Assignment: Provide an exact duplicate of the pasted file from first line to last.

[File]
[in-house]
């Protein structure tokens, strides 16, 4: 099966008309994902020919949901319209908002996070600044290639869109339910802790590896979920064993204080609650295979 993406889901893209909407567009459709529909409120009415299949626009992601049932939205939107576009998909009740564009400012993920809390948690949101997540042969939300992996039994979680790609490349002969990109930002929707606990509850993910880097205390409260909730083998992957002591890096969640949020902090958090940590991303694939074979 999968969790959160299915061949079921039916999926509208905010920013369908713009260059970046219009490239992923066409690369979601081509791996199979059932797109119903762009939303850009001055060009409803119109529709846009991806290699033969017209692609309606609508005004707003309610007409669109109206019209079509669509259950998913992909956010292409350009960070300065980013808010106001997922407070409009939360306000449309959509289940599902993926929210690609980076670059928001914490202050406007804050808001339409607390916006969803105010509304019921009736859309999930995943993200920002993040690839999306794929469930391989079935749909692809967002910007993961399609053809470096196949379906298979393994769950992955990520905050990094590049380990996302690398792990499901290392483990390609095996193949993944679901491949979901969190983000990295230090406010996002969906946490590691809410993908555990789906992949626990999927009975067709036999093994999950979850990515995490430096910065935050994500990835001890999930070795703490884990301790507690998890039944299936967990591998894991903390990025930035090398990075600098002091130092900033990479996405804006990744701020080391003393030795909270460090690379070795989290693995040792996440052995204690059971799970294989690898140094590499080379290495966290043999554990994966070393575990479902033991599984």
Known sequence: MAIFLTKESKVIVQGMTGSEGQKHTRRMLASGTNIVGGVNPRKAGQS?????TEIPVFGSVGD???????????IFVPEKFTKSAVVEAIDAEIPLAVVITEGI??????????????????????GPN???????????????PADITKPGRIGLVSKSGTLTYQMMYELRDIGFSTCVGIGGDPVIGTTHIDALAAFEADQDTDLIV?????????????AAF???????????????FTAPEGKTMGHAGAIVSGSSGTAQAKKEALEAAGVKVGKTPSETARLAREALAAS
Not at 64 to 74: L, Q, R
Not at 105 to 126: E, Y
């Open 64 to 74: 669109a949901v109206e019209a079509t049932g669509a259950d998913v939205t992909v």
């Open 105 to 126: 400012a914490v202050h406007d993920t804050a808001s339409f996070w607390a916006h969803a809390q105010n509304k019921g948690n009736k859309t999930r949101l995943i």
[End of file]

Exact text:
[in-house]
């Protein structure tokens, strides 16, 4: 099966008309994902020919949901319209908002996070600044290639869109339910802790590896979920064993204080609650295979 993406889901893209909407567009459709529909409120009415299949626009992601049932939205939107576009998909009740564009400012993920809390948690949101997540042969939300992996039994979680790609490349002969990109930002929707606990509850993910880097205390409260909730083998992957002591890096969640949020902090958090940590991303694939074979 999968969790959160299915061949079921039916999926509208905010920013369908713009260059970046219009490239992923066409690369979601081509791996199979059932797109119903762009939303850009001055060009409803119109529709846009991806290699033969017209692609309606609508005004707003309610007409669109109206019209079509669509259950998913992909956010292409350009960070300065980013808010106001997922407070409009939360306000449309959509289940599902993926929210690609980076670059928001914490202050406007804050808001339409607390916006969803105010509304019921009736859309999930995943993200920002993040690839999306794929469930391989079935749909692809967002910007993961399609053809470096196949379906298979393994769950992955990520905050990094590049380990996302690398792990499901290392483990390609095996193949993944679901491949979901969190983000990295230090406010996002969906946490590691809410993908555990789906992949626990999927009975067709036999093994999950979850990515995490430096910065935050994500990835001890999930070795703490884990301790507690998890039944299936967990591998894991903390990025930035090398990075600098002091130092900033990479996405804006990744701020080391003393030795909270460090690379070795989290693995040792996440052995204690059971799970294989690898140094590499080379290495966290043999554990994966070393575990479902033991599984």
Known sequence: MAIFLTKESKVIVQGMTGSEGQKHTRRMLASGTNIVGGVNPRKAGQS?????TEIPVFGSVGD???????????IFVPEKFTKSAVVEAIDAEIPLAVVITEGI??????????????????????GPN???????????????PADITKPGRIGLVSKSGTLTYQMMYELRDIGFSTCVGIGGDPVIGTTHIDALAAFEADQDTDLIV?????????????AAF???????????????FTAPEGKTMGHAGAIVSGSSGTAQAKKEALEAAGVKVGKTPSETARLAREALAAS
Not at 64 to 74: L, Q, R
Not at 105 to 126: E, Y
């Open 64 to 74: 669109a949901v109206e019209a079509t049932g669509a259950d998913v939205t992909v």
């Open 105 to 126: 400012a914490v202050h406007d993920t804050a808001s339409f996070w607390a916006h969803a809390q105010n509304k019921g948690n009736k859309t999930r949101l995943i």